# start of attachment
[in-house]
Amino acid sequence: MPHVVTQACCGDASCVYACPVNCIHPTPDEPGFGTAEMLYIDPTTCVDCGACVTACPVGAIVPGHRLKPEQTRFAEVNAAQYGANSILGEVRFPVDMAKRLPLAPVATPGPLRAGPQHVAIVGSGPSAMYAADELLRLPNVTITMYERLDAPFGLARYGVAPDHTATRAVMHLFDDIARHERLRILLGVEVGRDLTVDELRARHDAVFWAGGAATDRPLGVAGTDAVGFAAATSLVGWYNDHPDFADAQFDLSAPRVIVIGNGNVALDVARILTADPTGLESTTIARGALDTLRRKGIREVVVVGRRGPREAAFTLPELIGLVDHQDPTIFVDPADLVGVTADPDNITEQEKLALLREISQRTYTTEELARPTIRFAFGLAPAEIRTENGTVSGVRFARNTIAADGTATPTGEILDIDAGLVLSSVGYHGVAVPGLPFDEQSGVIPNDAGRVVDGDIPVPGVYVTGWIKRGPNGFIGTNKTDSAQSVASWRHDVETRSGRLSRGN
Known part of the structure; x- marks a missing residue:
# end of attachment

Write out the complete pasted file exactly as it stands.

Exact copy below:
[in-house]
Amino acid sequence: MPHVVTQACCGDASCVYACPVNCIHPTPDEPGFGTAEMLYIDPTTCVDCGACVTACPVGAIVPGHRLKPEQTRFAEVNAAQYGANSILGEVRFPVDMAKRLPLAPVATPGPLRAGPQHVAIVGSGPSAMYAADELLRLPNVTITMYERLDAPFGLARYGVAPDHTATRAVMHLFDDIARHERLRILLGVEVGRDLTVDELRARHDAVFWAGGAATDRPLGVAGTDAVGFAAATSLVGWYNDHPDFADAQFDLSAPRVIVIGNGNVALDVARILTADPTGLESTTIARGALDTLRRKGIREVVVVGRRGPREAAFTLPELIGLVDHQDPTIFVDPADLVGVTADPDNITEQEKLALLREISQRTYTTEELARPTIRFAFGLAPAEIRTENGTVSGVRFARNTIAADGTATPTGEILDIDAGLVLSSVGYHGVAVPGLPFDEQSGVIPNDAGRVVDGDIPVPGVYVTGWIKRGPNGFIGTNKTDSAQSVASWRHDVETRSGRLSRGN
Known part of the structure; x- marks a missing residue: